Democracy, Elites, & Legitimacy

From The Revolt of the Public by Martin Gurri:

The fate of democracy, I believe, is inextricably bound to the fate of elites in democratic nations. The current elite class, having lost its monopoly over information, has been stripped, probably forever, of the authorizing magic of legitimacy. [...] We need to understand more clearly the conditions of legitimacy under democratic rule. The revolt of the public is out in the open. The focus of analysis must move to a crisis of authority that has infected our sources of information --think "fake news" and "post-truth"– and rattled our political class into postures of panic and paralysis. The question agitating every defender of democracy is: How can this be reversed? A more precise phrasing would be: how are legitimate elites selected in democratic society? (p. 288)

A friend of mine sent me this book this week, and I've been reading it when I get a chance in between other things. Here are a few thoughts/reactions I'm having right now. My mind might change as I read more or mull this stuff over more.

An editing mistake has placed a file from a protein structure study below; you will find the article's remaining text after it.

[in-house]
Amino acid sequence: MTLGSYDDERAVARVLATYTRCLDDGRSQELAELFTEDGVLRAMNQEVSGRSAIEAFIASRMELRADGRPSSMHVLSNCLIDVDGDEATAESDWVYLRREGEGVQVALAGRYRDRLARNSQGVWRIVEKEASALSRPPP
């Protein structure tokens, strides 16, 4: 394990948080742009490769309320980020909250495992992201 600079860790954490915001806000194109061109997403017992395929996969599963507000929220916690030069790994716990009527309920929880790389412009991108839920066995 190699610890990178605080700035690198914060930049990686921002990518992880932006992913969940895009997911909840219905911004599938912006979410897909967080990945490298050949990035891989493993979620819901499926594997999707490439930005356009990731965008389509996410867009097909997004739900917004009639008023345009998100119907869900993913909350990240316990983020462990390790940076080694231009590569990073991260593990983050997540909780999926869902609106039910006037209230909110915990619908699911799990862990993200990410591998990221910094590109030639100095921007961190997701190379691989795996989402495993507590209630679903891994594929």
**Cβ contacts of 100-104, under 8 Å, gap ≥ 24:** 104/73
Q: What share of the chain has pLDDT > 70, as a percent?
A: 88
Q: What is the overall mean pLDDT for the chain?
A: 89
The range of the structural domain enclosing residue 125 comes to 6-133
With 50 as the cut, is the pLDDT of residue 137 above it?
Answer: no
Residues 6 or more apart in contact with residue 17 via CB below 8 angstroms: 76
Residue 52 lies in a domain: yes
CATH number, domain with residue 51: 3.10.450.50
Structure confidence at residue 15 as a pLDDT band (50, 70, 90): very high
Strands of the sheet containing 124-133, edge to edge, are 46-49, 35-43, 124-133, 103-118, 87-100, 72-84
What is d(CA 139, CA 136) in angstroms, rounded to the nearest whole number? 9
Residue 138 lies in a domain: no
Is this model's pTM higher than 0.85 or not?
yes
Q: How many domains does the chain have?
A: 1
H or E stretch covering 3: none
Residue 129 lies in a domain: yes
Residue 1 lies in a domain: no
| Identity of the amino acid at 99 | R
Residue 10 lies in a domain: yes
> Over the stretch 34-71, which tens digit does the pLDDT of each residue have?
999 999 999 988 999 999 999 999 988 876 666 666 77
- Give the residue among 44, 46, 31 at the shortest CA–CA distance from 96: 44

• I agree that who is considered a member of the "elite" in the liberal and social democracies of the world is going to have a significant impact on the future of democratic processes.
  • I agree that it has become more legitimate to question authority and those with elite status. In fact, I think revolt against elites (those with lots of knowledge or capital) has become fetishized.
  • I don't agree that elites have lost their monopoly over the means of production of information/knowledge. I think the type of "elite people" who control these means of production has changed very quickly.

Right now, I think there is a sort of "old school" kind of elite and a sort of  "it's so hot right now" sort of elite that is elite because it can expose the weaknesses of the old school elites. The question I have is this: How successful with this new sort of elite be in taking down the "old school" elites?

I don't know the answer. However, I think the answer will depend on how quickly or slowly the "old school" elites are at adapting. If the "old school" elites can quickly understand that they need to relinquish some of their power and prestige and be more genuine, I think they have a good chance of surviving the storm. If they try to horde their knowledge, capital, and other forms of power, I think many of them will be taken out...

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